Perceptions, Resentment, Economic Distress, and Support for Right-Wing Populist Parties in Europe


Research has demonstrated that resentful emotions toward the politics and perceptions of being culturally and economically threatened by immigration increase support for populist parties in some European countries, and that macro-level economic conditions engender those perceptions and emotions and increase populist support. This article reveals that household-level economic conditions also affect perceptions of cultural and economic threat by immigrants. Low- and middle-income populations are more vulnerable to suffer economic distress due to macro-level factors such as import shock, which can increase their resentment toward democracy, and their perceptions that immigration is a cultural and economic threat, therefore increasing the likelihood to vote for populist parties. A mediation analysis using the European Social Survey data from 2002 to 2018 provides evidence for the argument.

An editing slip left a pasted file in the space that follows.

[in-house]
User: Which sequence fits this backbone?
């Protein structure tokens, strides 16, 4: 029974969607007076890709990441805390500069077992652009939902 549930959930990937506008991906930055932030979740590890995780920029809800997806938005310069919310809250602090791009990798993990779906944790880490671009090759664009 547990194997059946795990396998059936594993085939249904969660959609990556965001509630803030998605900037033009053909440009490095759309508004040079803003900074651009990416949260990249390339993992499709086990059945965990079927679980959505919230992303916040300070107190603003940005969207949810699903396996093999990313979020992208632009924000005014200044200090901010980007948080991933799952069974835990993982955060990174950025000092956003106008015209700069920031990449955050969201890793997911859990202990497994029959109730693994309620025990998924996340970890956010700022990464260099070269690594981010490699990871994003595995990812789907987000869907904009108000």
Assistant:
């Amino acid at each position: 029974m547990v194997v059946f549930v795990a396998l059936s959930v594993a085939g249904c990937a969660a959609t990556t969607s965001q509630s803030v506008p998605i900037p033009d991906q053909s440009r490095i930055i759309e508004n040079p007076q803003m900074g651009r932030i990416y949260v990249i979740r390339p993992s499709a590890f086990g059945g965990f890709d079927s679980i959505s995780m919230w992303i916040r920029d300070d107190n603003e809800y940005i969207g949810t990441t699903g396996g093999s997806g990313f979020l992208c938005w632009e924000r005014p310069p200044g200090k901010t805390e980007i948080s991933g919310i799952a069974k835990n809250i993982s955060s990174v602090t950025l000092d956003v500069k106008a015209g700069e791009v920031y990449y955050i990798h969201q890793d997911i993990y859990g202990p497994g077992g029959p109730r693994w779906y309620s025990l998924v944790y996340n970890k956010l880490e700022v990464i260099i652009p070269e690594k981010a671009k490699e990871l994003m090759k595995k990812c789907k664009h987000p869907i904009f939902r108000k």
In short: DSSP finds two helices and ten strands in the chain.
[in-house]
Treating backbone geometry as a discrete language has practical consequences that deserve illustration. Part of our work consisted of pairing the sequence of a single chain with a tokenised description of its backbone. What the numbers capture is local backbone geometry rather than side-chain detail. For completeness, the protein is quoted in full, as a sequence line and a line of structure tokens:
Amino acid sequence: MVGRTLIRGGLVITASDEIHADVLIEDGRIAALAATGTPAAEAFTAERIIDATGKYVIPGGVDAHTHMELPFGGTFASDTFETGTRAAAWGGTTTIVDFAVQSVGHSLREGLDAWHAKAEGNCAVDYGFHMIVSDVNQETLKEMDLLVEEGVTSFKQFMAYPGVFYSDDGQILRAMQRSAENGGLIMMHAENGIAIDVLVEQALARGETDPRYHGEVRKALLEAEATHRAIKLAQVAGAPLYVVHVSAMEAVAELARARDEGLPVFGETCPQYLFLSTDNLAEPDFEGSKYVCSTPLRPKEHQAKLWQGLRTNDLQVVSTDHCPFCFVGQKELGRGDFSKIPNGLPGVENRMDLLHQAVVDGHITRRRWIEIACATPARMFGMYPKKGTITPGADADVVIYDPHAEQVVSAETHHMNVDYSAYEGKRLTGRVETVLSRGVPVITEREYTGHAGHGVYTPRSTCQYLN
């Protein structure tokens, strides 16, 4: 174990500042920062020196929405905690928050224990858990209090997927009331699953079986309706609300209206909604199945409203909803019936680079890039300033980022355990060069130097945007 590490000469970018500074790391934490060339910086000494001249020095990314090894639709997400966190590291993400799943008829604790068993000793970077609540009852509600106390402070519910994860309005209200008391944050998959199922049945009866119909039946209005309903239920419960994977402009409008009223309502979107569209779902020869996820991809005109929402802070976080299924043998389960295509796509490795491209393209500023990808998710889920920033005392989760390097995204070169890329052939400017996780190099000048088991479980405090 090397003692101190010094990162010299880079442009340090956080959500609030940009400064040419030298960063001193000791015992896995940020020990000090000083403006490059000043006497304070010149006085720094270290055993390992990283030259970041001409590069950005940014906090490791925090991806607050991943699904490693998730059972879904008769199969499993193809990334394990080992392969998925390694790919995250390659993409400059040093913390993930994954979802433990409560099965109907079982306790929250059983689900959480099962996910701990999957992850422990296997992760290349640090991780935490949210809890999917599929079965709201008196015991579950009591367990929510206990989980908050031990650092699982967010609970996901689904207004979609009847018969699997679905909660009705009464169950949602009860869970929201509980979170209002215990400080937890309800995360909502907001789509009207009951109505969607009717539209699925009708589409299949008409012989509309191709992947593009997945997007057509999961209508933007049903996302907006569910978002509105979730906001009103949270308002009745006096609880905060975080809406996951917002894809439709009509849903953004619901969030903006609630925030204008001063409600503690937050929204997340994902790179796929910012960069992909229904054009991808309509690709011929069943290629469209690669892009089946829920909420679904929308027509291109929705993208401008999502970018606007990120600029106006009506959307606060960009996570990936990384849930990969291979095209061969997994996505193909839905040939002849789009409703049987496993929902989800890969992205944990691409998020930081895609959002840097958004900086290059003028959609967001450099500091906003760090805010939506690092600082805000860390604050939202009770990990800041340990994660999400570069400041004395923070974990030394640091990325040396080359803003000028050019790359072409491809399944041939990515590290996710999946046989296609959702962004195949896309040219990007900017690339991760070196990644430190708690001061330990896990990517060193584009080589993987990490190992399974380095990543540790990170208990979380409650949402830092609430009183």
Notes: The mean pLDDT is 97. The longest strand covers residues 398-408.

Politics and Governance